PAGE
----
If you think that inviting those people will somehow force them to come, you can turn the affirmative sentence into a question, e.g. "do you think you can make it?", and reassure them it won't cause any trouble if they have to cancel later on. Better yet, don't request an answer (truth is, they don't know if they can come), just tell them you hold a place for them in case they can make it.

To reiterate, being invited to a party is a pleasure for most people, even if they cannot come. Not being invited can hurt people who expected an invitation, and not being invited because they are deemed too sick to come is borderline offensive.


I think the main thing here is

  1. You want to let them know they are welcome, and you will be very happy if they can indeed make it. And you're happy to make whatever accommodations they need, if they do decide to come.

  2. You are not putting them under any pressure to come, or to stay if they get tired.

Of course conveying both 1 and 2 is a challenge. Pulling it off means you need to take account of the host's relationship to the invitee, the invitee's personality, and other imponderables. However, it's perfectly doable.

As a starting point, I'd consider something like

We're having a party. We'd really love it if you can make it, but we know you're going through a hard time. If you do decide to come, we can offer you a bed/pick you up/drop you off at home early. If you can't come, we completely understand, and we send all our love.


A common thread in the answers here accommodations - what can you do to accommodate disabilities?

The answers you've got, have got the visible stuff covered (although I didn't see a note about wheelchair accessibility, which matters a lot with the company I keep), and at least one reply covers making none of it seem like an effort on your part.

This answer is about the invisible stuff.

Us geeks visiting from the programmer 'Stack will know about providing a 'quiet room' for people who need a low-stimulus recovery or 'time out' space. Those of us fortunate enough to have a library put a wry note on our invitations that we're perfectly happy to see that some of the guests are just as excited about the chance to visit our book collection as they are to visit us: do, please, keep it a quiet space for them - and we're used to seeing a note about a 'quiet room' in about half of the invitations we get.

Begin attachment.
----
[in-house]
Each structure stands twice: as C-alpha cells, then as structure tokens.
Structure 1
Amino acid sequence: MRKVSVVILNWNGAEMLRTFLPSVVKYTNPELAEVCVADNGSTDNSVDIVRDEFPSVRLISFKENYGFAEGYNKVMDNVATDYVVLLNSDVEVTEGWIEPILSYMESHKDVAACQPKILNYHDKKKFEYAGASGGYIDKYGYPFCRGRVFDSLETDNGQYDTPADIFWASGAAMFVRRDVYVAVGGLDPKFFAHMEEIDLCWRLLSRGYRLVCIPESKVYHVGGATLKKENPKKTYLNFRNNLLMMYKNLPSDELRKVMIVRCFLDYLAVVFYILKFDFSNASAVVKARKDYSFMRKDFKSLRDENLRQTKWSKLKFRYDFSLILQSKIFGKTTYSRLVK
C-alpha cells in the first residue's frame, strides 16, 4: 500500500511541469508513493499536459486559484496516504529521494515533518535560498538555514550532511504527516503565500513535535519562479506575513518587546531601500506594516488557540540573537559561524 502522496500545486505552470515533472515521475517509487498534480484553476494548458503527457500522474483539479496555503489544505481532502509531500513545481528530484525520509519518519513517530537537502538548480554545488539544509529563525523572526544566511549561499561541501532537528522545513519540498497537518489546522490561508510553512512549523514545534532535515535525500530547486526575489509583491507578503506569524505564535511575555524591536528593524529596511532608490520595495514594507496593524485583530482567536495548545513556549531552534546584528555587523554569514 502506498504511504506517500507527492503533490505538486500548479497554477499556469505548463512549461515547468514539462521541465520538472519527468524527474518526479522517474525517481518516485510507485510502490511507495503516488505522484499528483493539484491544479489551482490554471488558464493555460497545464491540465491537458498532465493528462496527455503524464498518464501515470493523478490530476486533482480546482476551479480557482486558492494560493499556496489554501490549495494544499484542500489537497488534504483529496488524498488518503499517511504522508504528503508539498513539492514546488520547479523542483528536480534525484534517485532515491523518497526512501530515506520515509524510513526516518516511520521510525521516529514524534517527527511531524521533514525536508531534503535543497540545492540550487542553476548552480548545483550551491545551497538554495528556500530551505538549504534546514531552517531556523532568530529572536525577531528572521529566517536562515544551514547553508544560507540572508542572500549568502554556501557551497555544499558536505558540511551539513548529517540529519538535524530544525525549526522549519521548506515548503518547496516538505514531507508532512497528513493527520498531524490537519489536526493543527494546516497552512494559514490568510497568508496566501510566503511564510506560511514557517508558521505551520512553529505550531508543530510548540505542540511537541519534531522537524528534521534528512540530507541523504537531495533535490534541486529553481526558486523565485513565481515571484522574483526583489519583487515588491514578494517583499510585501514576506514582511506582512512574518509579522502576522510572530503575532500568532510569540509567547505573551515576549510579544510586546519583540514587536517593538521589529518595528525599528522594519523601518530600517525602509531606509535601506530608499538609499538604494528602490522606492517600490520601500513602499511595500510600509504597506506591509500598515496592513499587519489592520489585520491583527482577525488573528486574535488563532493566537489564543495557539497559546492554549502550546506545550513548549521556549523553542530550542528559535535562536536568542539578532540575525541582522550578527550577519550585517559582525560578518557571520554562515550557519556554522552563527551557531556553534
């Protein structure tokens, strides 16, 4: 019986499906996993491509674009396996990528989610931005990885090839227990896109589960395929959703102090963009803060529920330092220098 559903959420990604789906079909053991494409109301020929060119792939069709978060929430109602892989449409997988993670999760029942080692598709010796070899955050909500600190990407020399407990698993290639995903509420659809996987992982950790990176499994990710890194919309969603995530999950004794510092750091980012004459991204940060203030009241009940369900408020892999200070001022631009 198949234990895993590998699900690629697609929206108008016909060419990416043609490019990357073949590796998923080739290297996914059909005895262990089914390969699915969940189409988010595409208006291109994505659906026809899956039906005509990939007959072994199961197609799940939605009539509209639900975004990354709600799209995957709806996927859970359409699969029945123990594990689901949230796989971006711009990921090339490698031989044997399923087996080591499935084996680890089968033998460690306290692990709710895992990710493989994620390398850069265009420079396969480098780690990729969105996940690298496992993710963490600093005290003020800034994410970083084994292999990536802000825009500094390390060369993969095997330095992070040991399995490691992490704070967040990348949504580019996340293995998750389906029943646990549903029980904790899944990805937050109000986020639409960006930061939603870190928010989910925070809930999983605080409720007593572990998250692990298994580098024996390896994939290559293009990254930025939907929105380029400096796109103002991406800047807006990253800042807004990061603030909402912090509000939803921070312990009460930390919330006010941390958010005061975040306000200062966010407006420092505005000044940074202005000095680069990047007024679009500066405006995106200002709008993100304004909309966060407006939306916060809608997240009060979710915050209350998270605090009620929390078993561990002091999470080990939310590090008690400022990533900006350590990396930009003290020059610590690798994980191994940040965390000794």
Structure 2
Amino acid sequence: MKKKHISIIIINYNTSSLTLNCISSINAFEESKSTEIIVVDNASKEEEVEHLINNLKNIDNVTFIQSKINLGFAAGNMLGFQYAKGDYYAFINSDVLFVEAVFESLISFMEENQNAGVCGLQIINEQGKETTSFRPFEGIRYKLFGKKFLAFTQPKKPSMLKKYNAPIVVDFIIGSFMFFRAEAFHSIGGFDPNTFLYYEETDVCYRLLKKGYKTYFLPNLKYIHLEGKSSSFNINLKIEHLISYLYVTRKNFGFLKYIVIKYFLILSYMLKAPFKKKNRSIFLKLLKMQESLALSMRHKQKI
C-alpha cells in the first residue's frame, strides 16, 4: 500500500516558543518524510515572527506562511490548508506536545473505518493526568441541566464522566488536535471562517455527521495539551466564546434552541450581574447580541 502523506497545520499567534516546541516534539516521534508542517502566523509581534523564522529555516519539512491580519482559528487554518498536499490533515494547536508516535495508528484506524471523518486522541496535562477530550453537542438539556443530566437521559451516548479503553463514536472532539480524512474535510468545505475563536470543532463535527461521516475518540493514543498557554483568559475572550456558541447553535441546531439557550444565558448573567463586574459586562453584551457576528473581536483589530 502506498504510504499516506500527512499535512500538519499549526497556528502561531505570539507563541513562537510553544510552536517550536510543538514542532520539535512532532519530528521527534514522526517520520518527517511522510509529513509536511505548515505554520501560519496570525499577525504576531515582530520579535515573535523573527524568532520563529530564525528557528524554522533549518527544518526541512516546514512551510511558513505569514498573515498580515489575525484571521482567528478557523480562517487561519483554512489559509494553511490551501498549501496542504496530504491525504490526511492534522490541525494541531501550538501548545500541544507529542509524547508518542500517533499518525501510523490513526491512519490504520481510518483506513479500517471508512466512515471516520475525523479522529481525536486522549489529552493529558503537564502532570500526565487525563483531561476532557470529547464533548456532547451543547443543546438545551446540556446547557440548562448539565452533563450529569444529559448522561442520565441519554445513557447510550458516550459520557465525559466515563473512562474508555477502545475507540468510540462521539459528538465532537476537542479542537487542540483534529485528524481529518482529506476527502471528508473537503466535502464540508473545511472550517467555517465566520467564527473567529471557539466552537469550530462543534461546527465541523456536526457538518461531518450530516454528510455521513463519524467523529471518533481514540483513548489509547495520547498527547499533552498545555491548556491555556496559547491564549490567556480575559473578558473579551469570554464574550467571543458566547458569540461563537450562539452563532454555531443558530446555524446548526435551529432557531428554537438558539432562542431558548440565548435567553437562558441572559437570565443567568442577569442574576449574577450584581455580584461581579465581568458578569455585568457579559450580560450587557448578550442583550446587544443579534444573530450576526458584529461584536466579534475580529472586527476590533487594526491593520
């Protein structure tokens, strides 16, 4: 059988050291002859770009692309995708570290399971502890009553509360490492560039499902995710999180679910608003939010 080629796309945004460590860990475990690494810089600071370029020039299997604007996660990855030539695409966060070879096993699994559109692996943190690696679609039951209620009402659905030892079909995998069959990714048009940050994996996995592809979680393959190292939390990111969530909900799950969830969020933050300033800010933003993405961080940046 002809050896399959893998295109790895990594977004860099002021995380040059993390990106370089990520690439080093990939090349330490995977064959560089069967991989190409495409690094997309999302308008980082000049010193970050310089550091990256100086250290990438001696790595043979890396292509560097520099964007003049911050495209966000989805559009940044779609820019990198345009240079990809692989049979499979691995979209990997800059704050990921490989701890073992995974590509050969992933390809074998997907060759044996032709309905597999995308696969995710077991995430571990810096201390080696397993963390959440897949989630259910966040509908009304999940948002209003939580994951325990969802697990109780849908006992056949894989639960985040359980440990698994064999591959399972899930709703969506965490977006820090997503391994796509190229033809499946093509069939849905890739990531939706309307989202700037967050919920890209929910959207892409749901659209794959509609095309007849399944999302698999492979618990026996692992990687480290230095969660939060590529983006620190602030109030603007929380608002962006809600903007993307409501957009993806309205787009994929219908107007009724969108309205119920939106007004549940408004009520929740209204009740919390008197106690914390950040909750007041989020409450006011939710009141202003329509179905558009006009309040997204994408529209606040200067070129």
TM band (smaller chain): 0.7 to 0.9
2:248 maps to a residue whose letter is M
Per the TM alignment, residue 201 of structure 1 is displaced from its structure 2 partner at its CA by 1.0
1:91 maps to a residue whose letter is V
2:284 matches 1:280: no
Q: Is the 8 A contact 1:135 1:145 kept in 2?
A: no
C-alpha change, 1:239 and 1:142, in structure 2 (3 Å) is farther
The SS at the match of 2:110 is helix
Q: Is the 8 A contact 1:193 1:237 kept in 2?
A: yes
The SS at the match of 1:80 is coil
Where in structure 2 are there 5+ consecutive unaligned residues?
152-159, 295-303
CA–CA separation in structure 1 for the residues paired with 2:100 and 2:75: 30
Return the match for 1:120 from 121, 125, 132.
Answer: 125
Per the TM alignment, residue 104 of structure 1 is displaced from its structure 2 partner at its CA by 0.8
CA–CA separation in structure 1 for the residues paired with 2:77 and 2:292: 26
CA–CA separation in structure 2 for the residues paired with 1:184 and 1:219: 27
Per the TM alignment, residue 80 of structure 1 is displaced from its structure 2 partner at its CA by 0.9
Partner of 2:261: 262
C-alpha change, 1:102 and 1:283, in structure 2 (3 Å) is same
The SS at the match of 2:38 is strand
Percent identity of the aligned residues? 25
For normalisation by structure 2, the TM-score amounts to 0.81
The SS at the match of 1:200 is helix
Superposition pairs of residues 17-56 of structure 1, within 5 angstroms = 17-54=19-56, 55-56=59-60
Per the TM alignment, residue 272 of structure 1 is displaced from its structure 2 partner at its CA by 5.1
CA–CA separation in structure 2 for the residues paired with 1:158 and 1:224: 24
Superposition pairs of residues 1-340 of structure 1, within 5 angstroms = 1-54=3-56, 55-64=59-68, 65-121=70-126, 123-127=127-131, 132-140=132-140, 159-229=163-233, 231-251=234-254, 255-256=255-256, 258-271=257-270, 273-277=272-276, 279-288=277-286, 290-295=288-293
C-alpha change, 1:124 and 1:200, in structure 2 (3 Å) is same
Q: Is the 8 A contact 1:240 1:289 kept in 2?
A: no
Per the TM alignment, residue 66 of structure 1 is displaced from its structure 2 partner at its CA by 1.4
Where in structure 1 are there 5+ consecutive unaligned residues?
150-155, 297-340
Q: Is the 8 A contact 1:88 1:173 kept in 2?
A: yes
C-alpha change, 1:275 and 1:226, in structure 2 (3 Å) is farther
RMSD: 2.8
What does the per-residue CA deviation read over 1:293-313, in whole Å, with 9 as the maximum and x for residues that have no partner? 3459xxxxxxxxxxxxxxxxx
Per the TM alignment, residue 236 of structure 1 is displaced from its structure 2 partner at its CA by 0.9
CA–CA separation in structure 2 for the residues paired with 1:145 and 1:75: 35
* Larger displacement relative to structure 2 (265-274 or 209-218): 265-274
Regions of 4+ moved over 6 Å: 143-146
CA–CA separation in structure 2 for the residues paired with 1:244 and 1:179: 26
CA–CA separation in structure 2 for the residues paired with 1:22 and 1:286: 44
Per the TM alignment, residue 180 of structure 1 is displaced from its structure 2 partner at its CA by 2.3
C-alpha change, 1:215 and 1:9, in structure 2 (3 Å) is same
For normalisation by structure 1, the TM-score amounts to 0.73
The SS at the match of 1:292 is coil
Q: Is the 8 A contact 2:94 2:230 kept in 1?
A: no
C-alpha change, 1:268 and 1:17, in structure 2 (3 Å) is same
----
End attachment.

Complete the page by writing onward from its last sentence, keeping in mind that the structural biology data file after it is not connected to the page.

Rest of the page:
It turn out that this as much a courtesy as ensuring that there are always as many chairs as people in a party where you know that some of your guests are over 65. Or under 65, and not disclosing the kind of joint problems or fatigue issues where seating is a necessity, not a courtesy.

Or under 65, and you don't know that they have something they're not disclosing to you - and that's the point, here: some accommodations for people with less-obvious problems turn out to be accommodations you needed to provide, and didn't know about, for more of your guests than you thought...

...And, it turns out, these 'accommodations' turn out to be very welcome - and welcoming! - for at least half of your guests, who wouldn't think to ask.

Labelling one of the tables as gluten-free might be useful, too. Or sugar-free (remember the drinks, too) as a lot of elderly people have diabetes. The current state of play on cardiovascular medications means that you probably don't need a salt (or sodium-) free dish: but you get the idea.

Quiet space, crash-out space for resting, smoke-free space, reassurance that the place is accessible, food choices and an explicit statement that arrangements are being made for people who don't drive a car are all part of that.


Yeah you should invite them, if anything it may improve their situation. They will feel positive, they will feel they have some purpose, somewhere to be, that they are loved and wanted. They may be hyped up and enjoy the experience of getting ready. I'm sure they will want to brag to their friends/family/helpers that "oh my friend ~ who I've known for 30 years has invited me to his birthday party. He's such a nice guy we did all these things together in the great war 200 years ago...etc" jk but serious but also jk

I agree with what others said about letting them know you understand if they can't make it, but please make sure it's not worded like that. "We understand if you can't make it" is so depressing, you know? Like they will probably cry if they read it. Just frame it another way like "We hope to see you there" or something purely positive and without the "but u know it's cool if ur already dead we will understand" u feel me?

Your Answer

By clicking “Post Your Answer”, you agree to our terms of service and acknowledge you have read our privacy policy.

Not the answer you're looking for? Browse other questions tagged or ask your own question.